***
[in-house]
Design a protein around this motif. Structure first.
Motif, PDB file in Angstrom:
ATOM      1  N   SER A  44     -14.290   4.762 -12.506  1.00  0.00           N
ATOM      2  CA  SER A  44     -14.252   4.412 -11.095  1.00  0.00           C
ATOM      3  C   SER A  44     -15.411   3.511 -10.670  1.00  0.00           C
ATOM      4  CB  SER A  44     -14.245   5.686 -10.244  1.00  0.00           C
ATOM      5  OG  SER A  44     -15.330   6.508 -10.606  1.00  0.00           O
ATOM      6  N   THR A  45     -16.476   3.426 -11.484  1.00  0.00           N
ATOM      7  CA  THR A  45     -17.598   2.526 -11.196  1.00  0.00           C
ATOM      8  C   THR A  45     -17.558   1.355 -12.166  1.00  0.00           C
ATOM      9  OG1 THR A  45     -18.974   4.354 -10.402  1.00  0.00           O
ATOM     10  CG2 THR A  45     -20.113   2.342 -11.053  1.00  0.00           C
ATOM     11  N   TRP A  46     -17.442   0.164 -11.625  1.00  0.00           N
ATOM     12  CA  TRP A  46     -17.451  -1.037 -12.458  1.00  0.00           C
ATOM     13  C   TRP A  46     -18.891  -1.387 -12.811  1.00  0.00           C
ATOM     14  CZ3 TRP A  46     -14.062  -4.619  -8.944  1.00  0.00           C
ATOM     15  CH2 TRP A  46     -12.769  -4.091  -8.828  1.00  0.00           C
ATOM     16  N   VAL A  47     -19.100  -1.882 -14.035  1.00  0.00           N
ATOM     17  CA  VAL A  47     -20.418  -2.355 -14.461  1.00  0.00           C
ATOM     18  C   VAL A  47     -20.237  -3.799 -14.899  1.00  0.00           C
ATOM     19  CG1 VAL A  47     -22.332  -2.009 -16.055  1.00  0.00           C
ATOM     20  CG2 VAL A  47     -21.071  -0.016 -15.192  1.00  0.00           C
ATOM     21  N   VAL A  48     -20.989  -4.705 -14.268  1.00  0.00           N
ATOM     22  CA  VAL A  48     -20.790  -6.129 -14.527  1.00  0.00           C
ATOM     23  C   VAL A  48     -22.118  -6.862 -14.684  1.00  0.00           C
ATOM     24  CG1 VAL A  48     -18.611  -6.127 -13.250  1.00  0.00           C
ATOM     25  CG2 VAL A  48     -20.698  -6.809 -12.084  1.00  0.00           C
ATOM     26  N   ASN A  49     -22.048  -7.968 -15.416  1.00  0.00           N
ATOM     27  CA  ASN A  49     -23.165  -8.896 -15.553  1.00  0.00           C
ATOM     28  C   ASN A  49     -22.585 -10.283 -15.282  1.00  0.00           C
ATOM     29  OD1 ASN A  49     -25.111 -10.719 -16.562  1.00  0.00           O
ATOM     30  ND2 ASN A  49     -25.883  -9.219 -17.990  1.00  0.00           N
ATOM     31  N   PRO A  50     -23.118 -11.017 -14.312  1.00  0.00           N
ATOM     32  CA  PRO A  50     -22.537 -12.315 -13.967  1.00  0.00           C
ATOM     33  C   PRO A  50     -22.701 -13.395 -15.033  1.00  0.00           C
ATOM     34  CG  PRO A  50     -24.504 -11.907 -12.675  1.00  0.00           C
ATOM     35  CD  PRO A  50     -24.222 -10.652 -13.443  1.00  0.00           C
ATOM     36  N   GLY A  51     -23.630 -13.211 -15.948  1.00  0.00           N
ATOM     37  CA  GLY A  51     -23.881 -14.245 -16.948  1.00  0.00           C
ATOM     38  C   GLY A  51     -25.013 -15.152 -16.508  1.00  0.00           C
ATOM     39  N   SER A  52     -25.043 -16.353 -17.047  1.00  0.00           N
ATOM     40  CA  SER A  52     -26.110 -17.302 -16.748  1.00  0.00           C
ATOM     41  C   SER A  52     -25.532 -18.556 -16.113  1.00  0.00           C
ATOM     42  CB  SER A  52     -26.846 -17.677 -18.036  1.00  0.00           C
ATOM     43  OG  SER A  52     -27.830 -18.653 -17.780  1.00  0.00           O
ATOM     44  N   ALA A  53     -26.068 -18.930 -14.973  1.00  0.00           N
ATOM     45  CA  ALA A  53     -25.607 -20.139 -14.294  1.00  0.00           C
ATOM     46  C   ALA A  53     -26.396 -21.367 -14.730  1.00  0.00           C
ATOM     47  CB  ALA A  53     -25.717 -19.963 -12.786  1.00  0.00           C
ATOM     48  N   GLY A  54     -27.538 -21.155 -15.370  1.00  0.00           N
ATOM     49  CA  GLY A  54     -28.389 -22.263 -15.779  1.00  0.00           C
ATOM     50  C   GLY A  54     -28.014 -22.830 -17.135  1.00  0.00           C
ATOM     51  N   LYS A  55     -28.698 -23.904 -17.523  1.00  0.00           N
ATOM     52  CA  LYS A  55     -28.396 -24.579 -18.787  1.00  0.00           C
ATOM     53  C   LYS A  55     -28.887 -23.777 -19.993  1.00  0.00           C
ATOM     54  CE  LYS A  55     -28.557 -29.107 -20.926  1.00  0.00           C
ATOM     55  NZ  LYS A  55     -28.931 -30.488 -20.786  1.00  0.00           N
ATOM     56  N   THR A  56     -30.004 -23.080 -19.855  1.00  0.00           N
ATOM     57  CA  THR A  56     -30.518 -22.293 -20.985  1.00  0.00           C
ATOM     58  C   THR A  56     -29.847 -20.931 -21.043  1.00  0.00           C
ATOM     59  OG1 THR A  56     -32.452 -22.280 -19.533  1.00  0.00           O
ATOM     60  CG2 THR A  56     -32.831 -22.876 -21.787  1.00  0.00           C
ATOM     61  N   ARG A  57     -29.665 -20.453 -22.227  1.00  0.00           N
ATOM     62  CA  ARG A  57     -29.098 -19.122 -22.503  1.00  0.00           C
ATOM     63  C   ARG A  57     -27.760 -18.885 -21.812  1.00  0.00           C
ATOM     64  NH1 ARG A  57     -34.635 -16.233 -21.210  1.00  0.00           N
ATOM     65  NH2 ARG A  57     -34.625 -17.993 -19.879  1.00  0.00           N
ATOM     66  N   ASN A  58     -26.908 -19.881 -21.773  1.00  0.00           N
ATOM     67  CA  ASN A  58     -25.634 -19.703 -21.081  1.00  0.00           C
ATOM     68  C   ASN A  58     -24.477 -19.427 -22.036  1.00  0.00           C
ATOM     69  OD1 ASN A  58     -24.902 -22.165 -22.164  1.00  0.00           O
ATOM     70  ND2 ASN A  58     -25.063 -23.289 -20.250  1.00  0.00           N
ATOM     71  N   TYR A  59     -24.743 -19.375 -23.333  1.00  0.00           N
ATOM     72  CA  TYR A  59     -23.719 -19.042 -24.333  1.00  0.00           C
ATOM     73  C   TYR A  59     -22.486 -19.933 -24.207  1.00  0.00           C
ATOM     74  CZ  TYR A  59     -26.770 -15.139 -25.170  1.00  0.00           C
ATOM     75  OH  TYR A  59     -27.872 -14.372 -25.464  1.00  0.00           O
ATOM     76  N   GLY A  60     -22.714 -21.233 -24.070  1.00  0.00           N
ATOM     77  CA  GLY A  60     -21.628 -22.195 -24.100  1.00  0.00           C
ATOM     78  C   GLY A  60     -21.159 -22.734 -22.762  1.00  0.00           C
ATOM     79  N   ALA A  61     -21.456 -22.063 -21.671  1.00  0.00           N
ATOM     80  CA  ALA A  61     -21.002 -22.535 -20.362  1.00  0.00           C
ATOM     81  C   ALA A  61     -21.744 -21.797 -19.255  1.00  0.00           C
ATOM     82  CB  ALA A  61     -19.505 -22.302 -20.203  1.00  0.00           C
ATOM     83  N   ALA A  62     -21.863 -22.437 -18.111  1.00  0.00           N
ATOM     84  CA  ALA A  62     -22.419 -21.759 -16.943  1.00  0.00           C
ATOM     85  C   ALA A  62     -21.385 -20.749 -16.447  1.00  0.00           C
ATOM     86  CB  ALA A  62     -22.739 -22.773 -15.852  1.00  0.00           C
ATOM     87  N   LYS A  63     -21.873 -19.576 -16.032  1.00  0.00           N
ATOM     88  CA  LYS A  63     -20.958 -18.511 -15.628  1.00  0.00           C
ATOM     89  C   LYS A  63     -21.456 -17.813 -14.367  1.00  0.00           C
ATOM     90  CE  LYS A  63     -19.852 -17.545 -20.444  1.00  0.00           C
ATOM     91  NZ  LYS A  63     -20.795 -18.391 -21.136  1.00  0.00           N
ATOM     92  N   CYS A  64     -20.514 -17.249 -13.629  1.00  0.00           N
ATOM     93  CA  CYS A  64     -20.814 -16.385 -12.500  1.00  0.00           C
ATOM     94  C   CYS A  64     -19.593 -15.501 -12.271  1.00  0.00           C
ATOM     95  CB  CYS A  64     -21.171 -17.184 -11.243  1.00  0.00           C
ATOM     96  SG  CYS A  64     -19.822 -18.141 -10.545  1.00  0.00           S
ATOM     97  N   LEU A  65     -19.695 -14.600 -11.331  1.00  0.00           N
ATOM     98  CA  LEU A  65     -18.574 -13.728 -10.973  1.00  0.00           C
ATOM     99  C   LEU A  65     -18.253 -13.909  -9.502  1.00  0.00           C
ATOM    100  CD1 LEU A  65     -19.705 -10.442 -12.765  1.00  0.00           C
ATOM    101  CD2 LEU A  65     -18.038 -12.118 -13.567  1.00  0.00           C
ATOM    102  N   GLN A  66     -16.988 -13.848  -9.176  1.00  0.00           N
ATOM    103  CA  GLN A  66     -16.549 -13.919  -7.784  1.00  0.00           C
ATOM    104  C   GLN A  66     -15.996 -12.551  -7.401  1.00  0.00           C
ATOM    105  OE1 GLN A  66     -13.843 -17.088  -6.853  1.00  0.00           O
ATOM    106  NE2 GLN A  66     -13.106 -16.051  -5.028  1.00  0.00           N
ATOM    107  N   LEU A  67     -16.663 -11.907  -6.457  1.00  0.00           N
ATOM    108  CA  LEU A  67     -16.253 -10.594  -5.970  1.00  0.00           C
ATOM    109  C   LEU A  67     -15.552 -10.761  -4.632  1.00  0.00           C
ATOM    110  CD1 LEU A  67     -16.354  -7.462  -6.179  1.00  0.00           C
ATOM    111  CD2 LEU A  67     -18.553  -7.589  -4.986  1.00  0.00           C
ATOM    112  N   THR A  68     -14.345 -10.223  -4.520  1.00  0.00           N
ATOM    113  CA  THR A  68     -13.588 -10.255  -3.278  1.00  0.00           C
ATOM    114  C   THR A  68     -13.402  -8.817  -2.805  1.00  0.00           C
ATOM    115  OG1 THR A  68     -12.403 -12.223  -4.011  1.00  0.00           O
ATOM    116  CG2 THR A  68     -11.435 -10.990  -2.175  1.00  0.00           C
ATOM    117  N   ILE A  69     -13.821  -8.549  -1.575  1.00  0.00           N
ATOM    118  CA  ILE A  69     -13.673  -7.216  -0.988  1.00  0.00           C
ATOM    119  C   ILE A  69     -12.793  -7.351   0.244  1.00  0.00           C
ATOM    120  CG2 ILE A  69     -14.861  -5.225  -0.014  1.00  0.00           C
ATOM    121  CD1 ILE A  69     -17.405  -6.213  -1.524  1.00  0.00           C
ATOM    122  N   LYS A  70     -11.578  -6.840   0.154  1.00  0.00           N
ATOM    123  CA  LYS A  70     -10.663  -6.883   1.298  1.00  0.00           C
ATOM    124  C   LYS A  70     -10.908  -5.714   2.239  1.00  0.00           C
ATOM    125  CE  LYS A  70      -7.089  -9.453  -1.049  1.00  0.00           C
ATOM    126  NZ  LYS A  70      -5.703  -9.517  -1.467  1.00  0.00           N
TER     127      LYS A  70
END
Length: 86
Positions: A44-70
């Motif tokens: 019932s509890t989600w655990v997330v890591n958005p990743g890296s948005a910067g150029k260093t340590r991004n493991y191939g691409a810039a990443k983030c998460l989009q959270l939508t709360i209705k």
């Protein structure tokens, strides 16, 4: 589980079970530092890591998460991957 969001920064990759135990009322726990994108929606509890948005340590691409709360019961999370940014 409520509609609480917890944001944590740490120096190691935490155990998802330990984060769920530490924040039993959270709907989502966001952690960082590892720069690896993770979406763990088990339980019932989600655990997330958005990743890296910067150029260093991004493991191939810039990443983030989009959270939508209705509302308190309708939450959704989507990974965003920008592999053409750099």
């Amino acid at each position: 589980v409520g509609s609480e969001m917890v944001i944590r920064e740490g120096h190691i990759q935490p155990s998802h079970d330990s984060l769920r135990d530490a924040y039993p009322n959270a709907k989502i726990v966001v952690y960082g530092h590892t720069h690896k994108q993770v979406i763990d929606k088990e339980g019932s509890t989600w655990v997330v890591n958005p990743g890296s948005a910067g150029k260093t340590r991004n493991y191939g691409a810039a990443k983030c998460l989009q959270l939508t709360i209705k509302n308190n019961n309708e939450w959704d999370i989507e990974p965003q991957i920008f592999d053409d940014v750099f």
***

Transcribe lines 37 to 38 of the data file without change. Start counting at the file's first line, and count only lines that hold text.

ATOM     34  CG  PRO A  50     -24.504 -11.907 -12.675  1.00  0.00           C
ATOM     35  CD  PRO A  50     -24.222 -10.652 -13.443  1.00  0.00           C